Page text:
Welcome.  We’re the Samway family, from Miami Beach, Florida: Jennifer, Michael, Keenan (he’s 14), and Daria (she’s 13). We love adventure and have tried to make it a regular part of our family life – whether living and traveling abroad, climbing mountains, adventure racing, whitewater rafting, running an Ironman triathlon, sailing, diving, or exploring music, dance, food, photography, or literature. We spent 2011 living aboard our trawler full-time, home schooling our kids, and traveling by water through the Florida Keys, Bahamas, and on what’s called America’s Great Loop or Great Circle Route.

What’s the Great Loop? It’s the name given the route that generally goes from Florida up the U.S. east coast (either in the Intracoastal Waterway or in the Atlantic Ocean), through the Chesapeake Bay, to New York, into the inland waterways (Hudson, Erie, Oswego, etc.), through parts of Canada (Trent-Severn, Georgian Bay, North Channel), into the Great Lakes, the south through various rivers including the Mississippi (and the Illinois, Ohio, Cumberland, Tennessee, Tombigbee, Mobile), into the Gulf of Mexico, and around Florida.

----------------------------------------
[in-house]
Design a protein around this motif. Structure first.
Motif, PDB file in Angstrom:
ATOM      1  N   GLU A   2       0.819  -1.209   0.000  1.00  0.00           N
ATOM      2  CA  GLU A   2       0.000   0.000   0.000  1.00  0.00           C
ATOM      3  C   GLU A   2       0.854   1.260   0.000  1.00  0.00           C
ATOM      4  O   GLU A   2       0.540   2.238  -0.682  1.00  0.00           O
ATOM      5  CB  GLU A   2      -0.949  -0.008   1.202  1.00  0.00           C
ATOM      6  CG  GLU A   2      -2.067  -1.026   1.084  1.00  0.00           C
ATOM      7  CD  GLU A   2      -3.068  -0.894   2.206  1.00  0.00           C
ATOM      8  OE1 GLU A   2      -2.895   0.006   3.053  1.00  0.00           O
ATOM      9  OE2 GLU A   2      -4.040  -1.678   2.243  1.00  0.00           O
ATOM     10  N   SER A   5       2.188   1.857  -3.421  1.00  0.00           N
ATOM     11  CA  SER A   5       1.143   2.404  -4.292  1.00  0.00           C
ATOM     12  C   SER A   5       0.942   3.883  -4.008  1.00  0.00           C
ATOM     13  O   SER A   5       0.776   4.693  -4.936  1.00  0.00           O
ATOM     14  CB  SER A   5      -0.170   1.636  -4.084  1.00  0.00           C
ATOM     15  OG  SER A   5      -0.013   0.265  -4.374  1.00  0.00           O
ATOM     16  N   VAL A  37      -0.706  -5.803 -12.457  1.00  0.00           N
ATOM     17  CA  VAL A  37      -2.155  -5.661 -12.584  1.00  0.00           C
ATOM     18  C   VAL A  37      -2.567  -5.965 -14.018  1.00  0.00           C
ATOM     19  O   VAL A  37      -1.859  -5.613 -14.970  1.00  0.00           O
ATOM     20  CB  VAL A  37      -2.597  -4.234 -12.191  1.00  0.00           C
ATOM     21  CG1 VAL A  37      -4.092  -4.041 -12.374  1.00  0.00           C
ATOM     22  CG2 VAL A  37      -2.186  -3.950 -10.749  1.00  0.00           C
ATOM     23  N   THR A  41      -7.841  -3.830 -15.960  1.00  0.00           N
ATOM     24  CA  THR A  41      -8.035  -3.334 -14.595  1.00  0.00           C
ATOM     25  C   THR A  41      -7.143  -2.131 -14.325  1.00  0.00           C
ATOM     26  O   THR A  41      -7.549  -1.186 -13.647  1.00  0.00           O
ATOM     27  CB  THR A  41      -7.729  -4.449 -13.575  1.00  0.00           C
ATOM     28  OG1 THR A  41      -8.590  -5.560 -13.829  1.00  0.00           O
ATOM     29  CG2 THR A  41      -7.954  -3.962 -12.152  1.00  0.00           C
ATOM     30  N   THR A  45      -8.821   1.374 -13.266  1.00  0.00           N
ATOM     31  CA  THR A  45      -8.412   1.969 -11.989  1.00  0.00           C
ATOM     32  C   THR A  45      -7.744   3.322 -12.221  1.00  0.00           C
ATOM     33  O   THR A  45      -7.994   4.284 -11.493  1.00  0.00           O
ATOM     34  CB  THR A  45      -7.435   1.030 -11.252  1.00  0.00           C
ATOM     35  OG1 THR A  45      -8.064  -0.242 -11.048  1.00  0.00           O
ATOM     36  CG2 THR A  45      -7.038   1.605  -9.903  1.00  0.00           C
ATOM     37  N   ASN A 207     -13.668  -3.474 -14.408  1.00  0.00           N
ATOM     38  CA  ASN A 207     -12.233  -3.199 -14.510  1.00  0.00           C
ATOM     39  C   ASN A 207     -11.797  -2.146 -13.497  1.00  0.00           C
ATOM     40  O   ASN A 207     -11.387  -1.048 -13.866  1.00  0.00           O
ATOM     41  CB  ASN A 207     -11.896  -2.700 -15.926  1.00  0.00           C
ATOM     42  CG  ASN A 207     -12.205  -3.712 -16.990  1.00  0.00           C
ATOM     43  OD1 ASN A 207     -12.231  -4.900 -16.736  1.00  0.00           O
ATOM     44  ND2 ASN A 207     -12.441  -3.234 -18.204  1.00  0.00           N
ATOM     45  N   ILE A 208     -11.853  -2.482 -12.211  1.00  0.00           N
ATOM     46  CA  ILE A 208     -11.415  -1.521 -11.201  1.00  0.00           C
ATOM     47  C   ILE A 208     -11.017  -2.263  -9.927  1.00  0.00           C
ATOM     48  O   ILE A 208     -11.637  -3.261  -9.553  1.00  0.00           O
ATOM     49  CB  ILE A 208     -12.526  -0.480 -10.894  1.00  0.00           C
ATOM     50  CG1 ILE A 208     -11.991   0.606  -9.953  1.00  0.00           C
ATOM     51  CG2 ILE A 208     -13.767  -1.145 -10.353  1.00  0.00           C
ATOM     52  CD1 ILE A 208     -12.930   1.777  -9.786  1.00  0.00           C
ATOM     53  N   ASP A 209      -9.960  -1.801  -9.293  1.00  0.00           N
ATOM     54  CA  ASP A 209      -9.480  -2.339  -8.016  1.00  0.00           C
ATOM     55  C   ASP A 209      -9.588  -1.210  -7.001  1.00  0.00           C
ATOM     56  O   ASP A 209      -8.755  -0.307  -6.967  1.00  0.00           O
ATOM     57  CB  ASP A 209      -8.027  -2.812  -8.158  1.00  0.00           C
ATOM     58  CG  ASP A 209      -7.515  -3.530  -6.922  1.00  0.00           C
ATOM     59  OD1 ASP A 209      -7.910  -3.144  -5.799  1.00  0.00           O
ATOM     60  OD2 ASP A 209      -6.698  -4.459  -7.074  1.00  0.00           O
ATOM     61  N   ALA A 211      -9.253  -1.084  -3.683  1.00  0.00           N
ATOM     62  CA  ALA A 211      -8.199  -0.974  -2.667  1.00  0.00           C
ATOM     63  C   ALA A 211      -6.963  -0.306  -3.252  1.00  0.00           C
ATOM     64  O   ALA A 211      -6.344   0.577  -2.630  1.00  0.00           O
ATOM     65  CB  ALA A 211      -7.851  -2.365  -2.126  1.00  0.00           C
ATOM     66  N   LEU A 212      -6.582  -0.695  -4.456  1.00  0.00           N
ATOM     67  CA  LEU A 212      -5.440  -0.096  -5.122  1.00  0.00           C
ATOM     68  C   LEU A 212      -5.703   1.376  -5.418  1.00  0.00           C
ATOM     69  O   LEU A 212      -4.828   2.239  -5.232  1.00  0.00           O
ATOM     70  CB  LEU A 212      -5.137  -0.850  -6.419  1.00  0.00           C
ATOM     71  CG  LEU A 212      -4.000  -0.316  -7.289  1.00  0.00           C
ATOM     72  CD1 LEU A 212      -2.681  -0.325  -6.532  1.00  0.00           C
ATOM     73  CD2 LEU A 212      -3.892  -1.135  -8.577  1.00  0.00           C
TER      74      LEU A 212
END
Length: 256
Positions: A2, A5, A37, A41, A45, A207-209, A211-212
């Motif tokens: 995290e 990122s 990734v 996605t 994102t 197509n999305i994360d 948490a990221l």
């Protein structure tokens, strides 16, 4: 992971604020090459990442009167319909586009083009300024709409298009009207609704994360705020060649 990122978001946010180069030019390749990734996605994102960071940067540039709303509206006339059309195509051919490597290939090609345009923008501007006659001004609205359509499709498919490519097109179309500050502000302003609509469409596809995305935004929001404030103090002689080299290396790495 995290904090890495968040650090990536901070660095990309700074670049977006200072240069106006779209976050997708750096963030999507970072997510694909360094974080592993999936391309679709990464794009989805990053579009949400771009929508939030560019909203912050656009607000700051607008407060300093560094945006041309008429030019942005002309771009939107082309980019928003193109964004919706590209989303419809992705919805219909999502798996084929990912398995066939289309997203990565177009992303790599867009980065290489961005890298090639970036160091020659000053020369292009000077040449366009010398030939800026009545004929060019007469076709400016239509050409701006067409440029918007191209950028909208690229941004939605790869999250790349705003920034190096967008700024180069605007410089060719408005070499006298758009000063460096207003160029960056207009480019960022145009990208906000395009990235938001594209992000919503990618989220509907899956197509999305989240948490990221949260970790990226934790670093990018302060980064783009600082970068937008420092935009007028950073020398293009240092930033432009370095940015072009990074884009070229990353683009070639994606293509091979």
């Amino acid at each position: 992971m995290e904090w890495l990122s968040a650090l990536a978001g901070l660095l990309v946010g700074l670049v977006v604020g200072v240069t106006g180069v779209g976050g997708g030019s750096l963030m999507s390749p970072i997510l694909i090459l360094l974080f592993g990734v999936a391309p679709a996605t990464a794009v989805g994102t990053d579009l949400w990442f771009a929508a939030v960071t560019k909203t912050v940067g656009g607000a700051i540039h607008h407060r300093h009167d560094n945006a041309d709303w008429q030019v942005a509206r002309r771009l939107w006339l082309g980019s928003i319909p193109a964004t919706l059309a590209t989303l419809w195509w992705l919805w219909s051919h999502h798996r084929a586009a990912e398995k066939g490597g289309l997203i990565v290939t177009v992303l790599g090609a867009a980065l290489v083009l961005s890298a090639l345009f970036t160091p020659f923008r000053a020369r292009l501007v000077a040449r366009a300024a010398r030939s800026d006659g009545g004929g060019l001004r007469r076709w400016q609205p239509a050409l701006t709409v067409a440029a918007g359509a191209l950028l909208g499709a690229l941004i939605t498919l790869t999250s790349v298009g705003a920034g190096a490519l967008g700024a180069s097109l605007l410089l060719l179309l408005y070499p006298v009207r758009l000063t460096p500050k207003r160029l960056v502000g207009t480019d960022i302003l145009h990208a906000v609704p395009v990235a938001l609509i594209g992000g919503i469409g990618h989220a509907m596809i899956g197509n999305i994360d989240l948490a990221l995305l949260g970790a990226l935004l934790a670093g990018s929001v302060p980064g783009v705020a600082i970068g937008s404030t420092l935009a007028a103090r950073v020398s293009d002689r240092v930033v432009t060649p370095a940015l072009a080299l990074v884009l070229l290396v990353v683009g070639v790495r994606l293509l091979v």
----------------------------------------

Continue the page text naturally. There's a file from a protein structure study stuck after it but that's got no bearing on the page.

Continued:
After cruising the Florida Keys and the Bahamas from January through March, we returned to Florida’s east coast and headed north to begin the Great Loop.  After circumnavigating the eastern half of the United States and cruising around 7,000nm, we returned to our home in Miami Beach on December 21, 2011.  Since then we’ve taken Muddy Waters on a few short trips in Florida and then one long – 4,000 mile – and amazing trip to Maine and back.  Still scheming to squeeze in more adventures before too long.  Welcome aboard.  Come explore with us.  Michael, Jennifer, Keenan and Daria

Here’s a picture of our part-time home – a sturdy, ocean-going, beautifully built, 48-foot Kadey-Krogen North Sea trawler. We named our boat Muddy Waters for the captain’s passion for the blues and for our route last year through Chicago and on the Mississippi River. We named our 14-foot Livingston dinghy Mudcat, after a Muddy Waters song and also because it’s a hard-bottom, twin-hulled boat, or catamaran.   (Photo by Keenan.)